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CBN faults move to discredit bank reforms

By Yinka Kolawole
LAGOS—In an unsigned statement made available to Vanguard yesterday, in Lagos, CBN berated what it called a deliberate campaign by an insidious group alleging that the removal of the five bank Chief Executive Officers (CEOs) had ethnic undertones.

CBN Gov Sanusi LamIdo Sanusi

It also debunked an alleged claim by the  group that the appointment of the current CBN Governor, Mallam Sanusi Lamido Sanusi, was a premeditated action to enable him play out a script.

The CBN statement said: “The CBN wishes to restate that it is unfortunate that in spite of all the available facts to the contrary, that this faceless group of people is weeping up primordial sentiments by turning facts on their head to achieve this ignominious goals.

“The facts are as follow:  As far back as October last year, some of the banks showed serious liquidity strain and had to be given financial support by the CBN in form of an Expanded Discount Window, EDW where the apex Bank extended credit facilities to the banks on the basis of collateral in the form of Commercial Paper and Bankers’ acceptances, sometimes of doubtful value. By the time Sanusi assumed office on June 4, 2009, the total outstanding at the EDW was =N=256.571 billion, most of which was owed by the five banks.

“Whereas the five banks were by no means the only ones to have benefited from the EDW, the persistence and frequency of their demand pointed to a deeper problem and the CBN identified them as probable source of financial instability, most likely suffering from deeper problems due to non-performing loans.

“The impact of the situation of these banks was felt by the market in different negative ways, tfovas primarily because of these banks that the CBN took the step of guaranteeing the inter-bank market without which almost four of the banks would probably have collapsed. It was in view of these that the Governor instructed the Director of Banking Supervision to carry out a Special Examination of the five banks conducted by a joint team of CBN and NDIC officials.

“Some of the findings included: Excessively high level of non-performing loans attributable to poor corporate governance practices, lax credit administration processes and the absence or non-adherence to the bank’s credit risk management practices.

“The total loan portfolio of the five banks was =N=2,801.92 billion. Margin loans amounted to=N=456.28 billion and exposure to oil and gas was=N=487.02 billion while aggregate non-performing loans stood at =N=1,143 trillion representing 40.81 percent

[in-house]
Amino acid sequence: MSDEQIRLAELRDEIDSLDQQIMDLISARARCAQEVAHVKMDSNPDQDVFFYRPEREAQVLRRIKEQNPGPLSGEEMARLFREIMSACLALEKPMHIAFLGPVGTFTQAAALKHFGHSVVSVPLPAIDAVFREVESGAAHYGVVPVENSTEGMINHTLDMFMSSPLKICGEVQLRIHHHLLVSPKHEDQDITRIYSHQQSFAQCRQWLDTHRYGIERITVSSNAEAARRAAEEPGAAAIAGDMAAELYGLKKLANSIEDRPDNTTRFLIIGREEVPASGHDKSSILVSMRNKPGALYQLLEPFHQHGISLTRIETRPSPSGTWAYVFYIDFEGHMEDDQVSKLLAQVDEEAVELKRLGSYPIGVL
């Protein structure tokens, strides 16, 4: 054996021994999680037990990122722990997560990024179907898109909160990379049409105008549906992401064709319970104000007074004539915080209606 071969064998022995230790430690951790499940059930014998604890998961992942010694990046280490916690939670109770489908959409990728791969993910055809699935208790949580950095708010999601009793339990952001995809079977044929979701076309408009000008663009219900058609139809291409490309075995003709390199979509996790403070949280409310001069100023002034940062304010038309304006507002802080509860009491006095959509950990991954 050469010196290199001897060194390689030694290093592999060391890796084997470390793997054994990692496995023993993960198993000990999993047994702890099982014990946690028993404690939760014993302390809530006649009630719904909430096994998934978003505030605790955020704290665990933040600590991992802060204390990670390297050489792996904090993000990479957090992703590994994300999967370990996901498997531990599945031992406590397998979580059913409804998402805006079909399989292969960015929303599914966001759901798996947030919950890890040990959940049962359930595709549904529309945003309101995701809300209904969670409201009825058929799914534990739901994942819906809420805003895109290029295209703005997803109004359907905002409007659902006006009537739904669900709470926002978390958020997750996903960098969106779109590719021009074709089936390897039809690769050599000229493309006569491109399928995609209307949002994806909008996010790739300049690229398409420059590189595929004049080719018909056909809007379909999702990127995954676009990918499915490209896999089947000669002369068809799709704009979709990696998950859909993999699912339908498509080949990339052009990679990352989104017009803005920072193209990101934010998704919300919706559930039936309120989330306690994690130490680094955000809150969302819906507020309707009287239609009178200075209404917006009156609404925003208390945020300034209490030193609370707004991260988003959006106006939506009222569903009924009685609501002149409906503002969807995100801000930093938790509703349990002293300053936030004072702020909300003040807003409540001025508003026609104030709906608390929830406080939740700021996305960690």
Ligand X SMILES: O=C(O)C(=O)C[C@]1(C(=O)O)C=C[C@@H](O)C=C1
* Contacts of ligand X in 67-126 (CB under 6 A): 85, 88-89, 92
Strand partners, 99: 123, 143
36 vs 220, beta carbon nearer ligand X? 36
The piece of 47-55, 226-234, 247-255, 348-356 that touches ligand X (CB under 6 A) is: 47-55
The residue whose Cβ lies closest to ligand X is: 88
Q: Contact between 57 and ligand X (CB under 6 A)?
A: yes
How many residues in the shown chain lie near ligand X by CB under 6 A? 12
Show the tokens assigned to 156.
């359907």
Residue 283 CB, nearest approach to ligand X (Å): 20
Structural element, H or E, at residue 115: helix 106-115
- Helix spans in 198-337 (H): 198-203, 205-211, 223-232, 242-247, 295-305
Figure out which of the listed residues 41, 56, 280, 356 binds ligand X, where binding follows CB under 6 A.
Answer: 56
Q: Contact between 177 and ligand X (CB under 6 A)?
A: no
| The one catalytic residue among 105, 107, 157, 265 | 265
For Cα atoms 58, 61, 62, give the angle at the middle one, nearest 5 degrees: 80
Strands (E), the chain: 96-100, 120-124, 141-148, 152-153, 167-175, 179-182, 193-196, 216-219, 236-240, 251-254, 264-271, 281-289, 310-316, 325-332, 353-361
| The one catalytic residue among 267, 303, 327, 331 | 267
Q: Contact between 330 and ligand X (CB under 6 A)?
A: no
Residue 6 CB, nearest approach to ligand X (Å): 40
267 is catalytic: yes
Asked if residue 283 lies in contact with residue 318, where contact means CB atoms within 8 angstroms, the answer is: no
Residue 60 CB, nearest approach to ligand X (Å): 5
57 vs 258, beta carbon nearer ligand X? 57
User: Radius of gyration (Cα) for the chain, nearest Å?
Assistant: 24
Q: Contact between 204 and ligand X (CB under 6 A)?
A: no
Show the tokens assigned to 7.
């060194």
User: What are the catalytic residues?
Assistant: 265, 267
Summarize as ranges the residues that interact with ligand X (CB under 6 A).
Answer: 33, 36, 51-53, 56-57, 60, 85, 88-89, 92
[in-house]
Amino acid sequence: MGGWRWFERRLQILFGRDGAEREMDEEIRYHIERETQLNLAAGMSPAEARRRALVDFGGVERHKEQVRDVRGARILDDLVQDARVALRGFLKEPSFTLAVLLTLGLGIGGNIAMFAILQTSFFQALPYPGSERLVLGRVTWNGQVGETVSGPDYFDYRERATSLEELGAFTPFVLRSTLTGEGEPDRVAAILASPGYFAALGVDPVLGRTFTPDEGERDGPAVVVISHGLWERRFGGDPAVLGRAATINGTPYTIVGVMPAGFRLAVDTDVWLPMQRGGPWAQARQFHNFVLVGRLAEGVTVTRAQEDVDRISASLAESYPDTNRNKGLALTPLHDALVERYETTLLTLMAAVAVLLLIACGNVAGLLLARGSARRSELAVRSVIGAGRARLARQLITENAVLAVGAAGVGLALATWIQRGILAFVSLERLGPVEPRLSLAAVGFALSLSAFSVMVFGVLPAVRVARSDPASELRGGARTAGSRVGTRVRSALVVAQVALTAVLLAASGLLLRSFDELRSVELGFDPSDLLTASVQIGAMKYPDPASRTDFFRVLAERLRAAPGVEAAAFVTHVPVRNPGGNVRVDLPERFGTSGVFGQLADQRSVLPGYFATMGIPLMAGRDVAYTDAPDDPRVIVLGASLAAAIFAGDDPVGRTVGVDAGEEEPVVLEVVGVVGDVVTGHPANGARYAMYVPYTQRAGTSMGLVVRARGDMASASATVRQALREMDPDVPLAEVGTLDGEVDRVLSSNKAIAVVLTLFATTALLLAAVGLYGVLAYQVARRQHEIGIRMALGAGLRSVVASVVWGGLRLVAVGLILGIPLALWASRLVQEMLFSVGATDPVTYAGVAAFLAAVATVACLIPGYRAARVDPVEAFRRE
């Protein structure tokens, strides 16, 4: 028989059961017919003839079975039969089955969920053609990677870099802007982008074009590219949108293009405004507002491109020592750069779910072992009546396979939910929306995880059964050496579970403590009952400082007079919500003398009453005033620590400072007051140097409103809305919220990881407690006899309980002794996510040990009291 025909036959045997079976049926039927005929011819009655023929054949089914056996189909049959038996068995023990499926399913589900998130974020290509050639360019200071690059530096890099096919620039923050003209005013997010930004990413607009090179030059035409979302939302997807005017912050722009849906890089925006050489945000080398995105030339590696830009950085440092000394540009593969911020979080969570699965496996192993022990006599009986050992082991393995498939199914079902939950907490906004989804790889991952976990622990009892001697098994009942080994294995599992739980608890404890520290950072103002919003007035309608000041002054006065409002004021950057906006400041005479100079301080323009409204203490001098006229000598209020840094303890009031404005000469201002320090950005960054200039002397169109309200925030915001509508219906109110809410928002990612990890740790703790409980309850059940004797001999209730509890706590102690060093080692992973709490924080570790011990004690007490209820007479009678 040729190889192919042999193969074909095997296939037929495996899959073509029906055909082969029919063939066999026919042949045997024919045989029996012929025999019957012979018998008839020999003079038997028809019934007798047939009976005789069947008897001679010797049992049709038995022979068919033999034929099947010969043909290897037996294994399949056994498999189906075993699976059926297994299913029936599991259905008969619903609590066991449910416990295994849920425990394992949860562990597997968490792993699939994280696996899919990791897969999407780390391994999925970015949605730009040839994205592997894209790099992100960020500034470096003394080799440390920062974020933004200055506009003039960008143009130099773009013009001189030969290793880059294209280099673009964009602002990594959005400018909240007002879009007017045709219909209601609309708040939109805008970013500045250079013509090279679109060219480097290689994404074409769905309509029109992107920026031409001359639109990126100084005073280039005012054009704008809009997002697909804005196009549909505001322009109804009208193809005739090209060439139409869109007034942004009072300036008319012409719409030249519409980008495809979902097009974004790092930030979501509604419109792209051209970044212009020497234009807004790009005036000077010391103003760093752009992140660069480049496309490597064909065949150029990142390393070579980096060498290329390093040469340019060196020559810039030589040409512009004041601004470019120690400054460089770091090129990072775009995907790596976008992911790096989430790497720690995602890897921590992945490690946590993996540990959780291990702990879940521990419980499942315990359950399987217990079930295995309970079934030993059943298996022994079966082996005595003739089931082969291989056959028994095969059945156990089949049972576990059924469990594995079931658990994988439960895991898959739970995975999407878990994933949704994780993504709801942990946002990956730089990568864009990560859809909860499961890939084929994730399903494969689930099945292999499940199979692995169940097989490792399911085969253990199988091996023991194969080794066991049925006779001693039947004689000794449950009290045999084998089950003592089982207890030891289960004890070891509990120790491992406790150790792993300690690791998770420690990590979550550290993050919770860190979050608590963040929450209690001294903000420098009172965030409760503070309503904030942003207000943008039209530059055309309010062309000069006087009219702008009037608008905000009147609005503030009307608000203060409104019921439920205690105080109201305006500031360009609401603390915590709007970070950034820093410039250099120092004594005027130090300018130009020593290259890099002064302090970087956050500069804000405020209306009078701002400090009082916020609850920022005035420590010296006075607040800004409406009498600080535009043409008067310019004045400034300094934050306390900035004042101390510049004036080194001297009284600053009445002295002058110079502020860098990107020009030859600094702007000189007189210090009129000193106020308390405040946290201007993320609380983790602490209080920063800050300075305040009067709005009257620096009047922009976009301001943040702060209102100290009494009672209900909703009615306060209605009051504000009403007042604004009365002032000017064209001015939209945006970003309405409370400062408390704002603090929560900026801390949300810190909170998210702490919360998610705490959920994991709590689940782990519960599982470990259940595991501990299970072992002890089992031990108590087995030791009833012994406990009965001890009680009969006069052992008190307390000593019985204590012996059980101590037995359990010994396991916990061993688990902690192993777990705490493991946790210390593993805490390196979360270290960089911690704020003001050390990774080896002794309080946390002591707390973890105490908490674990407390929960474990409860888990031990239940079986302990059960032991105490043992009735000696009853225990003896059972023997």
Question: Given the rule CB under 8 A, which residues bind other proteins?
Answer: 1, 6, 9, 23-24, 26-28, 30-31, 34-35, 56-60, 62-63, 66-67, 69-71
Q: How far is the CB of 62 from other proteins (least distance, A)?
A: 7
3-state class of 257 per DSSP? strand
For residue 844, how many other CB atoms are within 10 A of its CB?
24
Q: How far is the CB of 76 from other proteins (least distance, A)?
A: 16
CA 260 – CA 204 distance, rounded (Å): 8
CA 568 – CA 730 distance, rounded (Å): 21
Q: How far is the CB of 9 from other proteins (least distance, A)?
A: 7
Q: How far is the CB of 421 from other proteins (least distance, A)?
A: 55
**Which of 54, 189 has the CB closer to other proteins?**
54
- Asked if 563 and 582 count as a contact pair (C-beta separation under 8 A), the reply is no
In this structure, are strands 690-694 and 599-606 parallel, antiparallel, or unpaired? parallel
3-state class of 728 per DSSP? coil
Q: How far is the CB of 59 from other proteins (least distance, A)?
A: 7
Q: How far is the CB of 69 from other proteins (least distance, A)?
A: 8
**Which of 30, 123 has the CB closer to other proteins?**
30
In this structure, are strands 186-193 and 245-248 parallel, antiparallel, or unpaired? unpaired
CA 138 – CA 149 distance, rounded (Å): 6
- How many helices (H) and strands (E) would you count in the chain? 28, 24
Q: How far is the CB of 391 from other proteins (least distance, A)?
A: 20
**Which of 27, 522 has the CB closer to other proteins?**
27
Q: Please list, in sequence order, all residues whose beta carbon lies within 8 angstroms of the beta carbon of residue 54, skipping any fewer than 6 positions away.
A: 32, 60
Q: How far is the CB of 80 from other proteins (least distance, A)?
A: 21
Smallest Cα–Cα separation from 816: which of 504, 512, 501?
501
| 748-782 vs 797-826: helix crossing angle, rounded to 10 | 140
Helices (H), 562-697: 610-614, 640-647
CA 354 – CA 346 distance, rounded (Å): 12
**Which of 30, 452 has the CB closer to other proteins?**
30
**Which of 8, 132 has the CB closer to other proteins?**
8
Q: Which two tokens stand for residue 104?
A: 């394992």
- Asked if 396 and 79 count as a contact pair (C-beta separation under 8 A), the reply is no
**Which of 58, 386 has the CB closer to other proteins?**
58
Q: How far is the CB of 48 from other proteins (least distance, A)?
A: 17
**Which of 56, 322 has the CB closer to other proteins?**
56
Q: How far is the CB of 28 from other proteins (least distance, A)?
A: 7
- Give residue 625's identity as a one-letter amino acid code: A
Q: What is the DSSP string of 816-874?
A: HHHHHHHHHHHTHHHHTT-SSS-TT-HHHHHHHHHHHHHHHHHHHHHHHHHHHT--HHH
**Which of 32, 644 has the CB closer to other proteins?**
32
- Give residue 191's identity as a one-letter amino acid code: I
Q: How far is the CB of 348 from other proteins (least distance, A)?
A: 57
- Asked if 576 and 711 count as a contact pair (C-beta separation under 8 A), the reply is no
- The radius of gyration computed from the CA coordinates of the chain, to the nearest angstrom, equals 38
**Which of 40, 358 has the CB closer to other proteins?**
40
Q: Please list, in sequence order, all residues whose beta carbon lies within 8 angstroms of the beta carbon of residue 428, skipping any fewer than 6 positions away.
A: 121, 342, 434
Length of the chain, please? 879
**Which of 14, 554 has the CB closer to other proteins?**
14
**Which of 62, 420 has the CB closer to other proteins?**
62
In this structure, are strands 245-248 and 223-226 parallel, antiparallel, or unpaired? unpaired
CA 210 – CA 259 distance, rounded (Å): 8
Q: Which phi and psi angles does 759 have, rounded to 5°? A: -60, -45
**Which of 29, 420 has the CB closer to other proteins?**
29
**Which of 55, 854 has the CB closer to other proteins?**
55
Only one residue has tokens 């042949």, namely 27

“The huge provisioning requirements have led to significant capital impairment and that a minimum capital injection of =N=204.94 billion will be required in the five banks to meet the minimum capital adequacy ratio of 10 per cent.

“It is preposterous to claim that the Governor “manufactured evidence” to enable him “act the script” without following the procedure provided by section 33 and 35 of Bank and Other Financial Institutions Act (BOFIA).

“If the CBN Governor had not taken those steps as prescribed by section 33, (which this group of people is misinterpreting) the five banks would have spread their contagious effects as manifested by their persistence at the EDW. Also, as perennial net-takers of funds in the inter-bank market, which was a clear indicator and evidence of illiquidity, they would have pulled down the financial sector in the process.

“The argument that the CBN Governor could not even wait to complete the “examination” of the 24 banks before taking action on the acquisition bid of the five banks is completely hollow, going by the revelations at the EDW and the inter-bank market. What other facts do you need to confirm illiquidity exhibited by these banks, if not the disturbing trend, which was obvious given the persistence of these five banks at both the EDW and the inter-bank market compared to the remaining 19 banks.

“In addition, the CBN has a responsibility to act in a timely manner to secure the financial health of banks and to protect all depositors and creditors. The five institutions concerned were in a grave situation and their management had acted in a manner detrimental to the interest of their depositors and creditors, hence the need for CBN’s timely intervention.

“Also, the intervention of the CBN to save the five banks was necessary because the banks were systemically important to the banking industry in terms of assets and deposits.

For example, the five banks accounted for 39.93% of loans, 29.99% of deposits and 31.47% of total assets as at May 31, 2009 in the banking system. The CBN therefore, believes that the successful resolution of the five banks would address the systemic pressure that the industry was experiencing.

“The CBN has the power to remove CEOs upon examination of a bank, where the CBN is satisfied that the bank is in a grave situation, under Section 33 (2) ( c) of the BOFIA, the Governor may by order in writing remove for reasons to be recorded in writing with effect from such date as may be set out in the order, any manager or officer of the bank, notwithstanding anything in any written law or limitations contained in the memorandum and articles of association of the bank. Also, this power is exercisable under the CBN Act 2007 section 42 ( 1) (b) which mandates the CBN to ensure high standards of conduct and management throughout the banking system.”


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